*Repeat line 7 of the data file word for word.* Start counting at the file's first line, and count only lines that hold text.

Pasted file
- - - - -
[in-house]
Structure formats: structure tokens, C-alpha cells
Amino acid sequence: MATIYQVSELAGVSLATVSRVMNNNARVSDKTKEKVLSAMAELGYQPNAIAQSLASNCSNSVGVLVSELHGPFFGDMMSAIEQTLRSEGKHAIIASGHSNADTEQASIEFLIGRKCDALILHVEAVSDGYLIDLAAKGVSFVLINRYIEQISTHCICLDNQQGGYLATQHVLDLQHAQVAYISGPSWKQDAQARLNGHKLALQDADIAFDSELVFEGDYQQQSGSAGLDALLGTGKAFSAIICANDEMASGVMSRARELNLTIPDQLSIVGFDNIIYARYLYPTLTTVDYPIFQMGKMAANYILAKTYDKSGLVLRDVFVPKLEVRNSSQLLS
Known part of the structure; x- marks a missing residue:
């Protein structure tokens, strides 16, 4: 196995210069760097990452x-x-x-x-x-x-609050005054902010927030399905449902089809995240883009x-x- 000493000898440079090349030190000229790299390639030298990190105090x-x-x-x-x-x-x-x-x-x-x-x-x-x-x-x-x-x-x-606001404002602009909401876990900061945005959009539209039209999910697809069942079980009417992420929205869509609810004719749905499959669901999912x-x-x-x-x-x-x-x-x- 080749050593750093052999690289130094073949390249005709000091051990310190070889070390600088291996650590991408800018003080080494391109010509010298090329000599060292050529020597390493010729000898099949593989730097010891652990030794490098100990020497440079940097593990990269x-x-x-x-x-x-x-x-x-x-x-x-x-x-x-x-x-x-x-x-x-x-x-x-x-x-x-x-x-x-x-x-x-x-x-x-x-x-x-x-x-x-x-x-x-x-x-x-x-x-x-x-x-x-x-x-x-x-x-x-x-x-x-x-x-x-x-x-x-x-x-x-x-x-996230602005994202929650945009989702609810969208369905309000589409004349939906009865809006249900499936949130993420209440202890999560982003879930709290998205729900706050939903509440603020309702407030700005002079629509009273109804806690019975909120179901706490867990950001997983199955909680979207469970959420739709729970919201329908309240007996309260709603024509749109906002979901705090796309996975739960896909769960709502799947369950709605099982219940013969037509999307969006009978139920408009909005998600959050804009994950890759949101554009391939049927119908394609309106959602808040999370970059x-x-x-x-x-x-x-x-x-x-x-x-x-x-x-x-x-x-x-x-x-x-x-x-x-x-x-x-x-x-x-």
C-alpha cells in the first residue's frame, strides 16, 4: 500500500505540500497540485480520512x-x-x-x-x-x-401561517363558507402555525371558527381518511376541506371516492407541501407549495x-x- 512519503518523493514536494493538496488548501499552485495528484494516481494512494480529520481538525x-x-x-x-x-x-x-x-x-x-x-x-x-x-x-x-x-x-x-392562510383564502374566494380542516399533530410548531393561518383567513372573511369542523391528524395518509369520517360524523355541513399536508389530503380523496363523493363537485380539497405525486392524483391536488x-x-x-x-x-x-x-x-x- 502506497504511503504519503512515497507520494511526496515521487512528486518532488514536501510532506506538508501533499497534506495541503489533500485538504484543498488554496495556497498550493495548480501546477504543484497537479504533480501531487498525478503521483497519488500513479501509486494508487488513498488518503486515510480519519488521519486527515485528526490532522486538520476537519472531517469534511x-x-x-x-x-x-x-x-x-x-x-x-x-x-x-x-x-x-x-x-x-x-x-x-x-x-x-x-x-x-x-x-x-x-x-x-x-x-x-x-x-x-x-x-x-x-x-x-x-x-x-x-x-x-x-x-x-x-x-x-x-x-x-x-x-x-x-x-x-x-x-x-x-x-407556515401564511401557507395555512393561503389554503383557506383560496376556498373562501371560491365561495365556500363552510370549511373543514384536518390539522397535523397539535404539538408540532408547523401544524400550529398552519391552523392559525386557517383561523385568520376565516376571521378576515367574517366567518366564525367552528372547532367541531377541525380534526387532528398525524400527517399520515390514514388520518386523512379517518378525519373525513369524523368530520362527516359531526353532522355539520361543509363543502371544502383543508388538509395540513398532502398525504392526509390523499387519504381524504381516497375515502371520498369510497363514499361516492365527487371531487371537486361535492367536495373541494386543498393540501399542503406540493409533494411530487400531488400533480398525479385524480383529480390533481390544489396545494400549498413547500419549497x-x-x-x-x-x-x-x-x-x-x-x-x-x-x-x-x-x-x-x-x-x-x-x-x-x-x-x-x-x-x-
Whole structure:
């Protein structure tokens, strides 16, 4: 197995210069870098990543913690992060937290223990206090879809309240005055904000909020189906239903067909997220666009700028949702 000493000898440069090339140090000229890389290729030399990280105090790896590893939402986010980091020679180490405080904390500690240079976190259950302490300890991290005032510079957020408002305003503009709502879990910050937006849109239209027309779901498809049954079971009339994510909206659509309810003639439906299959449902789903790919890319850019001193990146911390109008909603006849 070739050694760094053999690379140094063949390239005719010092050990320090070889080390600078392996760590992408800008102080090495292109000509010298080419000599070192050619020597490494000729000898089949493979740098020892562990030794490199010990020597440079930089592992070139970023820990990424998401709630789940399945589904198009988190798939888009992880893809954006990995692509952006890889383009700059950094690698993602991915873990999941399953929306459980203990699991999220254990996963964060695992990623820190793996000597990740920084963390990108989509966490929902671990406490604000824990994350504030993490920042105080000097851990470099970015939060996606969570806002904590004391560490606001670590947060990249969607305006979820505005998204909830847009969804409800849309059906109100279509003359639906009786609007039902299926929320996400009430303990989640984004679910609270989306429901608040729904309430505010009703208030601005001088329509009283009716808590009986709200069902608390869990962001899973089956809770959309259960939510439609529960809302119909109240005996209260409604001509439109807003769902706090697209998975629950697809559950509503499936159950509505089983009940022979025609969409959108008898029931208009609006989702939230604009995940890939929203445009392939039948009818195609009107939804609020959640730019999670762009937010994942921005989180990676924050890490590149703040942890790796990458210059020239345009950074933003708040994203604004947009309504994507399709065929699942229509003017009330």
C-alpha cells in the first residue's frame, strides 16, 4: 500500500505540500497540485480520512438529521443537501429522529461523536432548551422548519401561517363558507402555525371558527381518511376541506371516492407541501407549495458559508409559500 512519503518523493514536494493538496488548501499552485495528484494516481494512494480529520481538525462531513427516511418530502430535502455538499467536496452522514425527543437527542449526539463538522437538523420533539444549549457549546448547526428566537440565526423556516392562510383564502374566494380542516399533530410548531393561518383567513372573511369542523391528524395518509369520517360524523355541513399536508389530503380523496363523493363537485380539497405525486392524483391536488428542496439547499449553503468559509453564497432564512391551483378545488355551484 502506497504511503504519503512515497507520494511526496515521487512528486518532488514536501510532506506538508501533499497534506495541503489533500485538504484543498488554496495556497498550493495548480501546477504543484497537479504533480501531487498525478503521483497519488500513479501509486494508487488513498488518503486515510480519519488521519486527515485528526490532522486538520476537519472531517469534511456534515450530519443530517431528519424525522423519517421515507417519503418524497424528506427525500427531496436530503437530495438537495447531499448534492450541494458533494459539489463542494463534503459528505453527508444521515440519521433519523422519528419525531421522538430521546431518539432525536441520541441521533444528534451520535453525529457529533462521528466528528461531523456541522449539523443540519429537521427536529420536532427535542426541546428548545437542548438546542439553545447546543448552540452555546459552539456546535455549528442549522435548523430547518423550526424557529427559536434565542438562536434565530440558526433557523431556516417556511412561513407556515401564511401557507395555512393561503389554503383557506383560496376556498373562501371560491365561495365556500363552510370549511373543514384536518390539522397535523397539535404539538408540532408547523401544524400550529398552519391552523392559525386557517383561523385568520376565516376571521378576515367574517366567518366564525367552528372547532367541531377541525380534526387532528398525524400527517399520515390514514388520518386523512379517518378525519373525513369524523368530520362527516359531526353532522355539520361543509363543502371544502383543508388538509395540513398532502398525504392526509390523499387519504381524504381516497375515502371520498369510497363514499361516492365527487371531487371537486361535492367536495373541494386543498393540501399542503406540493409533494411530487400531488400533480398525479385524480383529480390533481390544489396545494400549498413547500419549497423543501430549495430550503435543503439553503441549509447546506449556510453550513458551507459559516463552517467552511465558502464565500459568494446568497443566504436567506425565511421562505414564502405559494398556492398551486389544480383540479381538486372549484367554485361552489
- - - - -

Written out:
Whole structure: